Greg Johnson

Greg Johnson, whose reviews have appeared regularly in our pages across many years, has published two novels, five collections of short stories, and several volumes of nonfiction. He lives in Atlanta and teaches in the graduate writing program at Kennesaw State University.

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Natural Selection (on The Wick of Memory: New and Selected Poems, 1970-2000 by Dave Smith; Knowing: New and Selected Poems by Jonathan Holden; The Blessing: New and Selected Poems by Richard Jones; Selected Poems of Anne Sexton by Anne Sexton, edited and with an introduction by Diane Wood Middlebrook and Diana Hume George; Sweet Confluence: New and Selected Poems by Susan Ludvigson; and The Selected Levis by Larry Levis, selected and with an afterword by David St. John)

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The Best and the Briefest (on The O. Henry Prize Stories 2007: The Best Stories of the Year, edited by Laura Furman; New Stories from the South: 2006—The Year’s Best, edited by Allan Gurganus; Best New American Voices 2007: Fresh Fiction from the Top Writing Programs, edited by Sue Miller; Flash Fiction Forward: 80 Very Short Stories, edited by James Thomas and Robert Shapard; and New Sudden Fiction: Short-Short Stories from America and Beyond, edited by Robert Shapard and James Thomas)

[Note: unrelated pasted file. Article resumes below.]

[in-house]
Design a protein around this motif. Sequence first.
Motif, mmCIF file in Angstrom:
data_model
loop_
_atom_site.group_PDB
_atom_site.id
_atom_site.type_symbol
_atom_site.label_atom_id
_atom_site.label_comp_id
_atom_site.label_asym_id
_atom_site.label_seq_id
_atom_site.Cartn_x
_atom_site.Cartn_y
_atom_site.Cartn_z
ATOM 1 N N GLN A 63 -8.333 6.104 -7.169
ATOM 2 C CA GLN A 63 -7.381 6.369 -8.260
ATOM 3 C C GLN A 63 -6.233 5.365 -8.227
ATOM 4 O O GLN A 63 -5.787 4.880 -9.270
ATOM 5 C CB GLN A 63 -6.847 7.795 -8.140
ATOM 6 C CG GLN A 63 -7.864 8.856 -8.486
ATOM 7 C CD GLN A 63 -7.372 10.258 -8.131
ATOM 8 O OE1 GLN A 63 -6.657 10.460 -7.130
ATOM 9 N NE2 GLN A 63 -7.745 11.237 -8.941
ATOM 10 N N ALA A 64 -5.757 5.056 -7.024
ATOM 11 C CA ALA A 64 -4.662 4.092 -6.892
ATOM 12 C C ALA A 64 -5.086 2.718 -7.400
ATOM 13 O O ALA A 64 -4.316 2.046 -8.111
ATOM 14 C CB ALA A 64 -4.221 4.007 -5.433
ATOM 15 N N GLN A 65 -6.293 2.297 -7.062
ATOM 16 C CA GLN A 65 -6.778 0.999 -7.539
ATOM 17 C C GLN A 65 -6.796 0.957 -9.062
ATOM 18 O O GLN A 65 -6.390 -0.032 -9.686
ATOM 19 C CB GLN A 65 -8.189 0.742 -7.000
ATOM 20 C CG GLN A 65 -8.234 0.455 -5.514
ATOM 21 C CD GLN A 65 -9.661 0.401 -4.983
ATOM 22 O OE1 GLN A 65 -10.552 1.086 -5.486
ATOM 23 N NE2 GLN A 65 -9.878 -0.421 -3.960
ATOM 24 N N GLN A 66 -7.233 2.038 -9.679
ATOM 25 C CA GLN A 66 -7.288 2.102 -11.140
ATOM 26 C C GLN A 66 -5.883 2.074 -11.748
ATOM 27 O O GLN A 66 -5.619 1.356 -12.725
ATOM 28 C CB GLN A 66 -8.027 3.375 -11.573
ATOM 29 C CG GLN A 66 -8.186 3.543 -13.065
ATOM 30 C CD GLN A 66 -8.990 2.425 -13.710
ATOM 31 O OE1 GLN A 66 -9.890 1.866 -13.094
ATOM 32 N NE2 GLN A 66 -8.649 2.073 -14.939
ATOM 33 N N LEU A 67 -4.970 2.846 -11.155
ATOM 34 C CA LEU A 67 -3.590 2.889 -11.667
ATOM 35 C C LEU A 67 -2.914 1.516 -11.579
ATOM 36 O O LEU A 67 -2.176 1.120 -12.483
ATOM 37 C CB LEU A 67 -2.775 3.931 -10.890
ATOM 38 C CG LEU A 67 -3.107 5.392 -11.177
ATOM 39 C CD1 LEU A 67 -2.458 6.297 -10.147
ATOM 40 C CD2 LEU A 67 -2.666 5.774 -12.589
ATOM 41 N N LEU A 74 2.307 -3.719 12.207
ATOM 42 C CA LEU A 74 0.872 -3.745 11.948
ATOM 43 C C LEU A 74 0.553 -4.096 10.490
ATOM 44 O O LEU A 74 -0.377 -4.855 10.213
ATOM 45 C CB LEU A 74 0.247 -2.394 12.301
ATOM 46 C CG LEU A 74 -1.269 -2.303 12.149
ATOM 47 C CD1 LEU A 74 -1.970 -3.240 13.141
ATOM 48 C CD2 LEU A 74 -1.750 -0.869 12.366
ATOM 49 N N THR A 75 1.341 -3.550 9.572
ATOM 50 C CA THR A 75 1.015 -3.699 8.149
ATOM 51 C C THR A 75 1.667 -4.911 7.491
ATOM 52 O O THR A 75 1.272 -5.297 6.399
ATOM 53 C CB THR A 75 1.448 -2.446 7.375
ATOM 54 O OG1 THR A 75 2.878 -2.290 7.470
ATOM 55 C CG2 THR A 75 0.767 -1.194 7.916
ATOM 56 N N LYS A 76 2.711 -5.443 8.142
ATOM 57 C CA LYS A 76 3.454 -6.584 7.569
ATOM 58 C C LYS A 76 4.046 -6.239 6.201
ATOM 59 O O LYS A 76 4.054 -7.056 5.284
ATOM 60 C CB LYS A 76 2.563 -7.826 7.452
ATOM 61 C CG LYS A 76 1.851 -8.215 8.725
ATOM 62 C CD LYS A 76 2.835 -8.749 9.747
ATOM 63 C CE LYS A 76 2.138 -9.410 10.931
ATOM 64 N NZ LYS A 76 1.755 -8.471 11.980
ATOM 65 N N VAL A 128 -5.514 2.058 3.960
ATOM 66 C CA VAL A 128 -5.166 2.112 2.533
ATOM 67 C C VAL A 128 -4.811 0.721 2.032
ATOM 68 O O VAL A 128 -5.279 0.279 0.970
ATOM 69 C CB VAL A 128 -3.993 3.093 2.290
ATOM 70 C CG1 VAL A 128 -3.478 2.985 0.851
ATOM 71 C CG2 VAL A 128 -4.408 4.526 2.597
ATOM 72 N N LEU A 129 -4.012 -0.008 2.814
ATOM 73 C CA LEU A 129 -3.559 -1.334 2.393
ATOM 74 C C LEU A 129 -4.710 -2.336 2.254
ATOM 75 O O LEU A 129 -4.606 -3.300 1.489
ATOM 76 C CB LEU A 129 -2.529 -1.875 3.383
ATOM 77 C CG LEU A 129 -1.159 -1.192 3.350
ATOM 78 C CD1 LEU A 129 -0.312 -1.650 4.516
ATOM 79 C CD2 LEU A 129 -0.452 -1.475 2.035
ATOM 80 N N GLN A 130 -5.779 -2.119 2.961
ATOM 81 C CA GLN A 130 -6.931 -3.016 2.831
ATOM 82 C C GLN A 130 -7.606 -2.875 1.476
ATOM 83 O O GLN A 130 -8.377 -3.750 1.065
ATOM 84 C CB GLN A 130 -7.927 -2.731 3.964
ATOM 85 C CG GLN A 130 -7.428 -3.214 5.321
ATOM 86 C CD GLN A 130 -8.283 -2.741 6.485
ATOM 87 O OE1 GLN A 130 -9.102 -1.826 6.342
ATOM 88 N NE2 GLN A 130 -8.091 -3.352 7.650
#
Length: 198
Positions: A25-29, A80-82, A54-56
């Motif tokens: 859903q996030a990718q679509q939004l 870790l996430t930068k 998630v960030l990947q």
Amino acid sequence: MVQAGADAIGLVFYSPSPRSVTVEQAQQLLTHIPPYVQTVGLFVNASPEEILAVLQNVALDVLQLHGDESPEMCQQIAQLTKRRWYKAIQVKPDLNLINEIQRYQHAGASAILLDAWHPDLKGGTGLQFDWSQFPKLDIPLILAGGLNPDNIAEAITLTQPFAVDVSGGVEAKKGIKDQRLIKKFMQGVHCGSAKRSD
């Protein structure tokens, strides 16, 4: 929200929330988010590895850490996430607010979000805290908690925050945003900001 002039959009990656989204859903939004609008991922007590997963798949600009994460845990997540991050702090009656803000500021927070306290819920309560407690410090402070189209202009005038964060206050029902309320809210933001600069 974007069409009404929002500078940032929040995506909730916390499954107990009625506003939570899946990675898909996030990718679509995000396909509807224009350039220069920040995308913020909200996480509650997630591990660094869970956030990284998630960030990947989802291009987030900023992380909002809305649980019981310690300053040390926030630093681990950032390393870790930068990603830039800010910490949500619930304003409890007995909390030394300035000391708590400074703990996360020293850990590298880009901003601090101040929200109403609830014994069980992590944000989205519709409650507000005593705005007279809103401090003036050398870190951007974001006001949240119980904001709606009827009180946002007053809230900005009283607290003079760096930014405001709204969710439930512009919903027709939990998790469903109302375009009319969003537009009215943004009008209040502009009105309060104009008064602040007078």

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Barding Around (on Robert Frost Speaking on Campus: Excerpts from His Talks, 1949–1962, edited by Edward Connery Lathem; Maxine Kumin’s The Roots of Things: Essays; Mark Doty’s The Art of Description: World into Word; Ellen Bryant Voigt’s The Art of Syntax: Rhythm of Thought, Rhythm of Song; Dean Young’s The Art of Recklessness: Poetry as Assertive Force and Contradiction; Kelly Cherry’s Girl in a Library: On Women Writers and the Writing Life; and Fanny Howe’s The Winter Sun: Notes on a Vocation)

Reviews

The Many Lives of Sylvia Plath

Sylvia Plath, arguably the greatest female poet of the twentieth century, has been the object of much biographical scrutiny, the more so because her suicide at age thirty seems inextricably bound up with her finest work and because, more generally, her life and writing have been the cause of much controversy. It seems likely that […]

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